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council, ecumenical

Authority of the Councils

The traditional opinion is that when the bishops of the world unite to define belief in the light of what they have received from their predecessors, God will protect them from error. This is a manifestation of the infallibility of the teaching church, and papal infallibility is compared to it in the definition published by the First Vatican Council (see infallibility). Two famous councils that claimed in vain to be ecumenical are the Robber Council of Ephesus (see Eutyches) and the Council of Pisa during the Great Schism.

Protestants recognize the authority of the first four ecumenical councils, but, as first expressed by Martin Luther, do not regard ecumenical councils and their canons as binding on the conscience. Only when council decisions follow scripture do Protestants consider them authoritative. Nevertheless Protestant observers have officially attended the last two councils. The ecumenical movement among Protestants is not to be confused with an ecumenical council, although they share a similar aim.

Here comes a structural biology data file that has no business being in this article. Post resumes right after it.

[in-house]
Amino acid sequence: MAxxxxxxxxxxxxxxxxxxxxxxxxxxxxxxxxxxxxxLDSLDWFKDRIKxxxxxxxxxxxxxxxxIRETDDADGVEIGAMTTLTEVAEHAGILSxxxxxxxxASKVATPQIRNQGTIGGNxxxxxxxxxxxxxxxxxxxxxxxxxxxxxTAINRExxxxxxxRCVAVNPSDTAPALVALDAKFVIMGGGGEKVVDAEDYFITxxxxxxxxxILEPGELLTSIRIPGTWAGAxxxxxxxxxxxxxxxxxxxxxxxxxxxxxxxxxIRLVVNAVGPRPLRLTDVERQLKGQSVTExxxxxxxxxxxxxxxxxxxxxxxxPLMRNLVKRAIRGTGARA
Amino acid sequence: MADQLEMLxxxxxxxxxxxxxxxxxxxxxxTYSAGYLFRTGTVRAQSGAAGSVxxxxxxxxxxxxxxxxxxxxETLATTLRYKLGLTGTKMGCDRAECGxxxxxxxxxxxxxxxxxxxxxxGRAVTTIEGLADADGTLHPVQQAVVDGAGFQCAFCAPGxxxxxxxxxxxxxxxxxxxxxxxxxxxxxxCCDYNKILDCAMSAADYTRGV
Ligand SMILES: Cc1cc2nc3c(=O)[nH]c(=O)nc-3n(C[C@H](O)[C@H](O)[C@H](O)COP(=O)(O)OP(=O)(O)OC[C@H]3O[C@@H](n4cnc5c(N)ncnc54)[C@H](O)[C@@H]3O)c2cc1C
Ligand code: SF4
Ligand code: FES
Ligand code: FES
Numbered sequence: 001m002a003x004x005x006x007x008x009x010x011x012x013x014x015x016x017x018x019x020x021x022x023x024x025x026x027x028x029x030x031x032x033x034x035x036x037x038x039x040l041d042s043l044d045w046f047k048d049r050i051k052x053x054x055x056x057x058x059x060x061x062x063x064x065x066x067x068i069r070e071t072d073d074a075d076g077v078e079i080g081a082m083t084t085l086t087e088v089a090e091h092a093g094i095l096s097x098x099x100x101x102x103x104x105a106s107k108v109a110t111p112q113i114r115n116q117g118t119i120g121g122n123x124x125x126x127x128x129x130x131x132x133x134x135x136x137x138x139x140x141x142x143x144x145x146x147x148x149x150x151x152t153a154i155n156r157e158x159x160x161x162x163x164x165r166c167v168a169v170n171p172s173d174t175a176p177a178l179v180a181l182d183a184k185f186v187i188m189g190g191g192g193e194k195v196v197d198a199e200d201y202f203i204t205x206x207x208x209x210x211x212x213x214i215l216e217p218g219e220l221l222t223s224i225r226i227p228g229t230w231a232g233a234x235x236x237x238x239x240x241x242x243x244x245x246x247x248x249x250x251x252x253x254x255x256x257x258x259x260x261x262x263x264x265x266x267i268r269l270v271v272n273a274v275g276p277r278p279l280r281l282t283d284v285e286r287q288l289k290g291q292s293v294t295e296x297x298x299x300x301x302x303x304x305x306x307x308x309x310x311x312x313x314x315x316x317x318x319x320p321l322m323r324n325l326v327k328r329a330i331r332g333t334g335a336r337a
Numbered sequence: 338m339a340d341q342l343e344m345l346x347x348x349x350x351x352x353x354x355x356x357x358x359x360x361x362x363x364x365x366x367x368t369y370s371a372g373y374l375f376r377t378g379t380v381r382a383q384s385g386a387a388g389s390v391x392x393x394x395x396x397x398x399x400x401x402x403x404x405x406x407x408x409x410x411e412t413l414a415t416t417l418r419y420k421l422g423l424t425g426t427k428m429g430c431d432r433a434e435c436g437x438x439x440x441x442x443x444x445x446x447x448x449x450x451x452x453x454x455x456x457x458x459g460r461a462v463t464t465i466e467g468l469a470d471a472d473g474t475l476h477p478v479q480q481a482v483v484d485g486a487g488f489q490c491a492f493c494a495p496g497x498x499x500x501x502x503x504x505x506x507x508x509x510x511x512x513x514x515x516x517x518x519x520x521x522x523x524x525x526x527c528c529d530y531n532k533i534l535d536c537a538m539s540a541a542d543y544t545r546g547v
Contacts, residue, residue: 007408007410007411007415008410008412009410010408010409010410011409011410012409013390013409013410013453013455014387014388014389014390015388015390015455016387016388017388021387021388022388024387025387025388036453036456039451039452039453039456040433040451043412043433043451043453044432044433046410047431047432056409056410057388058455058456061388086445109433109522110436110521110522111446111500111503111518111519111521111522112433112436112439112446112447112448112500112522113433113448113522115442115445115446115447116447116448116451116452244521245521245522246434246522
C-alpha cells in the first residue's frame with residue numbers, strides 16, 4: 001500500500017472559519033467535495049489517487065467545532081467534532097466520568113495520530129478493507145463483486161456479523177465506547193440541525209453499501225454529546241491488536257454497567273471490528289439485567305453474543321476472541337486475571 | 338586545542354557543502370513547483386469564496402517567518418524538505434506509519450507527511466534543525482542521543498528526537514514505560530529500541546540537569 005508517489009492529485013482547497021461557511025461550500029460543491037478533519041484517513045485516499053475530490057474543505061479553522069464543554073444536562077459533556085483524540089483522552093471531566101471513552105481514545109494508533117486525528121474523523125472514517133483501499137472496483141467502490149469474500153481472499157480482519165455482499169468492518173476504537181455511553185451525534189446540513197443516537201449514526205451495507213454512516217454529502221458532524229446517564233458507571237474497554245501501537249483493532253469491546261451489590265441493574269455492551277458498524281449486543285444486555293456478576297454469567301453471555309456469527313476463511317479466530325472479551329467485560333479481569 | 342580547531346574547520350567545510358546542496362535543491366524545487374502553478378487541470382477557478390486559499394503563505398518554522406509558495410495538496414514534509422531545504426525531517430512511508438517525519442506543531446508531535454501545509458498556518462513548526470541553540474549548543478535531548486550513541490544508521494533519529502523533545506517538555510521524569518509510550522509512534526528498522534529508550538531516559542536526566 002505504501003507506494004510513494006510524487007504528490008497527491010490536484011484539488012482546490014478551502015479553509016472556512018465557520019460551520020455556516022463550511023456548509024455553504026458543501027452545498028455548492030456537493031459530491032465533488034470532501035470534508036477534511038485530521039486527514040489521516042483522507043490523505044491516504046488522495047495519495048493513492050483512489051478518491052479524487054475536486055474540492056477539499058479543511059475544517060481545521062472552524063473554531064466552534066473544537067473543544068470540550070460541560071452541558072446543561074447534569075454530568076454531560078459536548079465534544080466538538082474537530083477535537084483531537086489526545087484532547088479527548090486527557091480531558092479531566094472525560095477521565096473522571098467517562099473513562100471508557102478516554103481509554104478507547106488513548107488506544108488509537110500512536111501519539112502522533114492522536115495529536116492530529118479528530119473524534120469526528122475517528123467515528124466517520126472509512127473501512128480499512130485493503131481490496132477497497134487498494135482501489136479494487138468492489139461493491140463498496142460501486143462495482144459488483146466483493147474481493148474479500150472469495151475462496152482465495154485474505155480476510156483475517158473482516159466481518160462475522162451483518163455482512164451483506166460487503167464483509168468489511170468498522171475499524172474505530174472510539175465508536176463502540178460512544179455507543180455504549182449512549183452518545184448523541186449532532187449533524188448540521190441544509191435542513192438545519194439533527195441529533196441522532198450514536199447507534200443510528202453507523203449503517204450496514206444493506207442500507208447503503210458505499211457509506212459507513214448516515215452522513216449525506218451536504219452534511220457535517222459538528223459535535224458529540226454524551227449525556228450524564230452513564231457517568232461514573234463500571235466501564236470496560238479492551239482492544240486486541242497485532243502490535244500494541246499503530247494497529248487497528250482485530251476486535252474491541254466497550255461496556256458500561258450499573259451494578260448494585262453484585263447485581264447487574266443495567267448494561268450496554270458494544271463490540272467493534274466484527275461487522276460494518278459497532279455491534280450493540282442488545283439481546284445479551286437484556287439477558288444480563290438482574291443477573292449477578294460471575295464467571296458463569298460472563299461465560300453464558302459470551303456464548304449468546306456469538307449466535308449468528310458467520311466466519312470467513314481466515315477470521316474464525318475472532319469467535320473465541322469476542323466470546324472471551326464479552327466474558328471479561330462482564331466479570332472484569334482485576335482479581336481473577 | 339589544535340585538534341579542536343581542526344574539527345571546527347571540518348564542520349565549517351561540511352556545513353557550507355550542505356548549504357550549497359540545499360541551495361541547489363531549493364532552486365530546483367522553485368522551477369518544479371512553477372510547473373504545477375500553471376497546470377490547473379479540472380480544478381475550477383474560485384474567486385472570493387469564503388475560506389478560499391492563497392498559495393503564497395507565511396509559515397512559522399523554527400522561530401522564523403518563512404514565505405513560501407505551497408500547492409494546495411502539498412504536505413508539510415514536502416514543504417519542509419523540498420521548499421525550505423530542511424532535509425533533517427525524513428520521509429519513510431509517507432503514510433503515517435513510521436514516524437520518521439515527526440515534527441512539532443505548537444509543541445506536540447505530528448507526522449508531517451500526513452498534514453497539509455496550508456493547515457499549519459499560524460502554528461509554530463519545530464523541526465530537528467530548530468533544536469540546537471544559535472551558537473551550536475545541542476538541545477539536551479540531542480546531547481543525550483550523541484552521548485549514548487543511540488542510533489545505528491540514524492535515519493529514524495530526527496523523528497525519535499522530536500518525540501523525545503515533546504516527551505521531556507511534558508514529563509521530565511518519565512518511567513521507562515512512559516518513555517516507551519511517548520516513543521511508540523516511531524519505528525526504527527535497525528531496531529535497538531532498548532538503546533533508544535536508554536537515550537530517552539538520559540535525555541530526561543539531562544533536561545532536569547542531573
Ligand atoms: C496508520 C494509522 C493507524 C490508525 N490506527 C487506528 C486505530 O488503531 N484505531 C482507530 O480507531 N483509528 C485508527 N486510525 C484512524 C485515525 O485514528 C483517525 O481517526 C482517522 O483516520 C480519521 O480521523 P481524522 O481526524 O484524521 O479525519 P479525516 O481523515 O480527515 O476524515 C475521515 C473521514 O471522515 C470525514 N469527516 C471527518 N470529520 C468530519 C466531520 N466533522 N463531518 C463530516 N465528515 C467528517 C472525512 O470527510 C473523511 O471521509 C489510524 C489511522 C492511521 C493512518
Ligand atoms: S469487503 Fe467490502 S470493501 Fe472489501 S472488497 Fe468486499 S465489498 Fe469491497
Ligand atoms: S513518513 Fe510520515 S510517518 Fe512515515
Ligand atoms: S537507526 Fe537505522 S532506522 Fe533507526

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The Columbia Electronic Encyclopedia, 6th ed. Copyright © 2012, Columbia University Press. All rights reserved.

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